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Facebook Kills “Like Gate” In Ads

Pages are no longer allowed to require end users to “like” a page in order to obtain access to apps, rewards, contests, or content. All existing like gates will be disabled starting November 5th, and any new app launched in the interim will not be able to add a like gate. Getting rid of the “like gate” is only one way to deter social media marketers from hoarding likes that are essentially useless. However, local businesses and large enterprises can continue to request likes in a variety of other ways. And in doing so, it’s important to remember the basics.


Is it important to have a certain number of likes or is it important for users to actually engage with a brand?

Are Extra Likes That Important?

Offering incentives for likes really serves no purpose. In fact, it isn’t a measure of social influence at all. According to Facebook, the like gate was used to create wider followings, not meaningful connections. After all, only about 5-6 percent of any brand’s followers on Facebook will see a new post in their news feeds. Gaining a meaningful presence on the social media giant is much more complex than simply gaining miscellaneous likes. In fact, too many likes from uninterested users often result in ineffective marketing strategy.

Connecting with a quality audience on Facebook has numerous advantages. Similarly, connecting with a lackluster audience has numerous pitfalls. The main goal of social media marketing is to allow interested audience members to engage with a brand, which can be fairly difficult to accomplish if over 90 percent of followers are more interested in a discount.

“That’s Cool” Versus “I Could Use a Discount”

Facebook has a reputation as a consumer-oriented platform for a reason. However, it might be worthwhile to skip the gimmicks for additional likes. While it is possible that to some degree, an incentive could attract users to a brand, and continual brand engagement could ensue. But, it rarely ever works out that way. Go back to content based marketing 101 (who can forget the slogan “Content is King?”) and find a way to pique Facebook user interests. Each like should represent genuine interest in the brand rather than genuine interest in a small incentive.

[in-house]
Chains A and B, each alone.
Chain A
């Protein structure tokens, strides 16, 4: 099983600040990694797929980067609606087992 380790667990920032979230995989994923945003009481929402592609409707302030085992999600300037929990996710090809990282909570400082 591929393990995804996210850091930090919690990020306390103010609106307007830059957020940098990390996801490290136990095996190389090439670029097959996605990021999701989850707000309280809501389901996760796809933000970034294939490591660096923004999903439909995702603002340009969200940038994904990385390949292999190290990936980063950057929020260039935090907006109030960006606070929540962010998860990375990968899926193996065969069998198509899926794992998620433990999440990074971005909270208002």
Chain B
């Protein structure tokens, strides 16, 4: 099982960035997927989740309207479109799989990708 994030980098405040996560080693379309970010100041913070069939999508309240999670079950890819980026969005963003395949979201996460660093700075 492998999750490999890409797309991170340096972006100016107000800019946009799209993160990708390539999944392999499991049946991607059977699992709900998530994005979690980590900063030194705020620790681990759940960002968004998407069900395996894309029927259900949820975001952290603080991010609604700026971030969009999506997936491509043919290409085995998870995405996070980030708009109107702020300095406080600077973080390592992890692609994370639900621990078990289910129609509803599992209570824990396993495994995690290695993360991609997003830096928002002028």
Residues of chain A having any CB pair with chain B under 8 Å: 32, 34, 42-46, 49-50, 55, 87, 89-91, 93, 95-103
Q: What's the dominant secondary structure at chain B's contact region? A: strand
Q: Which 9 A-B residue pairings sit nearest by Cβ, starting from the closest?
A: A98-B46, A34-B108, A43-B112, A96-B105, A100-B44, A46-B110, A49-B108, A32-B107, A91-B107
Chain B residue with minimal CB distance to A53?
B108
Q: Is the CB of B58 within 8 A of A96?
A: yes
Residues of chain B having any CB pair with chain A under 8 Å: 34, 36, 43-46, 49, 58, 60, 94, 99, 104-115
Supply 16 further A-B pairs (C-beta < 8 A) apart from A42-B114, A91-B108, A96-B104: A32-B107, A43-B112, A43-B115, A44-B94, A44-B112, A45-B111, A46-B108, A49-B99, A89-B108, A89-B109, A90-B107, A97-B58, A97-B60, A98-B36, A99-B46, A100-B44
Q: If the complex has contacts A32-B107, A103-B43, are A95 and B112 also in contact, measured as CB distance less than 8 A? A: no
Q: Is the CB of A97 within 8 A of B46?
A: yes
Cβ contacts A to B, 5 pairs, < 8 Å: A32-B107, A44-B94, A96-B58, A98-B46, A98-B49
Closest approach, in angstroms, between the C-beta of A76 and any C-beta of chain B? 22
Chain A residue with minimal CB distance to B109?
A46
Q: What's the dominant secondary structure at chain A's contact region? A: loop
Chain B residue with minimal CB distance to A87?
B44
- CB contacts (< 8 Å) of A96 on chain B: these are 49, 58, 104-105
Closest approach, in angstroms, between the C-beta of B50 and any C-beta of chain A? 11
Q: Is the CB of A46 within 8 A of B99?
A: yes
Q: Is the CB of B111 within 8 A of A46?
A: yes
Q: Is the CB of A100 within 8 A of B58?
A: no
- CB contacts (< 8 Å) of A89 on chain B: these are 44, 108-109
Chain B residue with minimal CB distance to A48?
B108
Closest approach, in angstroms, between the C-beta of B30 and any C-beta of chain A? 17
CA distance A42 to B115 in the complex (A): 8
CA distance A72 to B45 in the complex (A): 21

How Much Likes Matter to End Users

These days, it’s not uncommon for brands to have tens of thousands of likes. At what point do users fail to notice the difference? 10,000 likes is a lot different compared to 90,000 likes but does anyone really care? Emerging brands and startups often can use a little boost and a little additional credibility. However, sprinting at the beginning of the race could result in floundering halfway through. PR efforts and incentives for audience members to see what a brand is about in the first place are not a bad idea. Let interested users take the initiative to like brands without additional incentives. After all, liking a brand is as easy as clicking a mouse.

Social Media Marketing and Likes in a Nutshell

Follow the basics to marketing on Facebook, and think beyond likes. Think about how you can put the social back in social media. In other words, think about a sound strategy that will engage your target audience, boost brand engagement, and drive ROI. After all, isn’t that the entire point of social media marketing?

Written By

For nearly three decades, Chris Marentis, founder and CEO of Surefire Social, has been responsible for driving innovation and sales growth for large media and e-commerce brands as well as start-ups. With a long-history of counseling local businesses about their marketing efforts, Marentis provides insight on what it takes for small businesses to succeed and thrive in today’s evolving digital environment. His notable career includes creating the foundational blueprints for online marketing, e-commerce and content branding for AOL's Interactive Marketing group, where he served as Senior Vice President. While CEO of Clearspring Technologies, Marentis developed one of the most widely adopted venture-backed Web 2.0 technology platforms. Marentis is a frequent speaker at local digital marketing conferences and a contributor to SMB and technology-focused publications.

1 Comment

1 Comment

  1. Afnan Mir

    November 18, 2014 at 3:31 pm

    That is a very good step in my opinion. The brands cant get forced likes anymore.

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